In our next post, we will explore the applications of the wireless device. Stay tuned!

 

by: Wil Chin, Vice President of Marketing and Business Development at United Electric Controls

Joe Mancini, Senior Product Manager at United Electric Controls

Greg LaFramboise, Retired Wireless Technology Lead, Chevron

 

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Wireless Gas Monitoring : Gas detection system architecture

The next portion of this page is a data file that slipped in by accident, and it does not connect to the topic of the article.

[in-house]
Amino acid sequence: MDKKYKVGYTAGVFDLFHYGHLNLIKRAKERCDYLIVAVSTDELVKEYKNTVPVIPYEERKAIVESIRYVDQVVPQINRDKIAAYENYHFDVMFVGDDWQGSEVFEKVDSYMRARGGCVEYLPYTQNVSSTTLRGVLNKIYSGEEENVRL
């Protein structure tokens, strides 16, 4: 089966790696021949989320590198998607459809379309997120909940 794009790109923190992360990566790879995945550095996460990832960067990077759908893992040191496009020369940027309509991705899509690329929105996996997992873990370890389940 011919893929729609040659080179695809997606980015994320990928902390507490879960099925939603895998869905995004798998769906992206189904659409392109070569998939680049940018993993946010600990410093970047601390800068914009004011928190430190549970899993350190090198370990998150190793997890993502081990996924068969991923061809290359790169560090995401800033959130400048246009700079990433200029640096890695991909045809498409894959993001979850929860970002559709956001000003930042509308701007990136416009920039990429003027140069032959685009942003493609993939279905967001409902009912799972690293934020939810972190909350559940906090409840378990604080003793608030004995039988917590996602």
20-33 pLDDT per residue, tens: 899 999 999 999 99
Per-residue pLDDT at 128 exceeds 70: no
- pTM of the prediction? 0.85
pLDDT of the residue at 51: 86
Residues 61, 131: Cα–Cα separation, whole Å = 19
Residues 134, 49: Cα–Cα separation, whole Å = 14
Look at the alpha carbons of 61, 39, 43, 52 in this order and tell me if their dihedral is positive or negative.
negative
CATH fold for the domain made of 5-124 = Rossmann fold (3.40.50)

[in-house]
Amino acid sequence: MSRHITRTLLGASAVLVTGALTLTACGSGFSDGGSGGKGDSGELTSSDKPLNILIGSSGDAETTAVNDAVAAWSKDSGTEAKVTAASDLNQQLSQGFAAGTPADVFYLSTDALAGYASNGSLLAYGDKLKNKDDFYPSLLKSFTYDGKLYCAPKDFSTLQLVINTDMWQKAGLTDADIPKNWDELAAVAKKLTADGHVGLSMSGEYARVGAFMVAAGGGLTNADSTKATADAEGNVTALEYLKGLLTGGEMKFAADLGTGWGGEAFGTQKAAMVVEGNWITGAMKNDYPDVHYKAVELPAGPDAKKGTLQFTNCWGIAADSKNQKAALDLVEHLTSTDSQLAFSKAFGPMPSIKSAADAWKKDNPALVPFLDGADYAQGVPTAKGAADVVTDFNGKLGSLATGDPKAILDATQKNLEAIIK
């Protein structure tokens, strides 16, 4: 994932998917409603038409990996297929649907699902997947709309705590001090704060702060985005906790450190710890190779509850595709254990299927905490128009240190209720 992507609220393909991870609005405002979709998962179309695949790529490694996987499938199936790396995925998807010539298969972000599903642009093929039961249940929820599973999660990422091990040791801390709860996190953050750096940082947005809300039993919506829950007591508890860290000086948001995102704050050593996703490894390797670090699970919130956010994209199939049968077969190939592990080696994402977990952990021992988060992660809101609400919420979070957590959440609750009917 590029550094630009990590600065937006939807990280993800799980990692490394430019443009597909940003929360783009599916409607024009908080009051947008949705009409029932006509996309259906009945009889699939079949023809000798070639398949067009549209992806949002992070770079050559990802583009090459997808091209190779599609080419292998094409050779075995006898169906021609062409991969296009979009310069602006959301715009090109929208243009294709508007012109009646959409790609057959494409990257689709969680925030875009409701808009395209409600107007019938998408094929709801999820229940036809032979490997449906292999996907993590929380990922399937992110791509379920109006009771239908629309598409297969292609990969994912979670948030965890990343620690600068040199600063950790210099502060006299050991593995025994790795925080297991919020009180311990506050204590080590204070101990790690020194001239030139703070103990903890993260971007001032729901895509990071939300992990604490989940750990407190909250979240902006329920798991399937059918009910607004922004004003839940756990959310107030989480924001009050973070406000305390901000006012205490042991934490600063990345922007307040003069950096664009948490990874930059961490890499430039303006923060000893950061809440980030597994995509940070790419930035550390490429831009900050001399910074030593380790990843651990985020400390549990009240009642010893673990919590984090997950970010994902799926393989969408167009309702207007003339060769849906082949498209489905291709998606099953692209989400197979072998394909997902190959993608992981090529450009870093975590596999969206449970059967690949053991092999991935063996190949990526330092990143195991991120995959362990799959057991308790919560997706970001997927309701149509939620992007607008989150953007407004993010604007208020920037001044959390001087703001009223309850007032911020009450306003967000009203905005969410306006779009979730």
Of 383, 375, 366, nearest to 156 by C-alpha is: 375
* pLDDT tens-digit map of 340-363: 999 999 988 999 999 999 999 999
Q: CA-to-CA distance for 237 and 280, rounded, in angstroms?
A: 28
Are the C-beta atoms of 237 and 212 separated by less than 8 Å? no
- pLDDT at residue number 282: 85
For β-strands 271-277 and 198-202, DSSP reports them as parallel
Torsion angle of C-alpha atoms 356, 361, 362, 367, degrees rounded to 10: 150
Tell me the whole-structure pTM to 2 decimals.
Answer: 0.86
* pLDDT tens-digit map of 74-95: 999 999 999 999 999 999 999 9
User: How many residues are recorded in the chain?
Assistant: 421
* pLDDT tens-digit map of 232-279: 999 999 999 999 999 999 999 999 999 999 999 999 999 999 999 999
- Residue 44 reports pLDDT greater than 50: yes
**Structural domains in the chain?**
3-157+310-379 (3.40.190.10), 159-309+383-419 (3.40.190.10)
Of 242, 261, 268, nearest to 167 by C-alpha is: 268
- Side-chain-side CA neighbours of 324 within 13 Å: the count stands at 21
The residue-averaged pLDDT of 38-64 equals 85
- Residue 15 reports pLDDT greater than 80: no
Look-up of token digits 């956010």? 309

Gas detection is a power-hungry operation, so the main system must be wired to a power source. The cost of such systems, including the cost of planning, design and running conduits for power and signal wires, trenching, and other installation details, can be in the neighborhood of $10,000 per device. Gas detection systems covering all critical plant points have traditionally been specified at the front end engineering and design (FEED) of the plant design, but coverage for all possible points is typically not financially feasible. Furthermore, most of the legacy gas detection systems in use today were specified prior to plant expansions and increased safety awareness. However, as significant incidents and new standards drive heightened interest in plant safety, and as plant systems age and experienced workers leave the workforce, there is a need for tighter monitoring of gas leaks. Filling this need with wired sensors is prohibitive, not only because of the wiring expense, but for many sites, because there is minimal workable space to add wiring or other necessary infrastructure.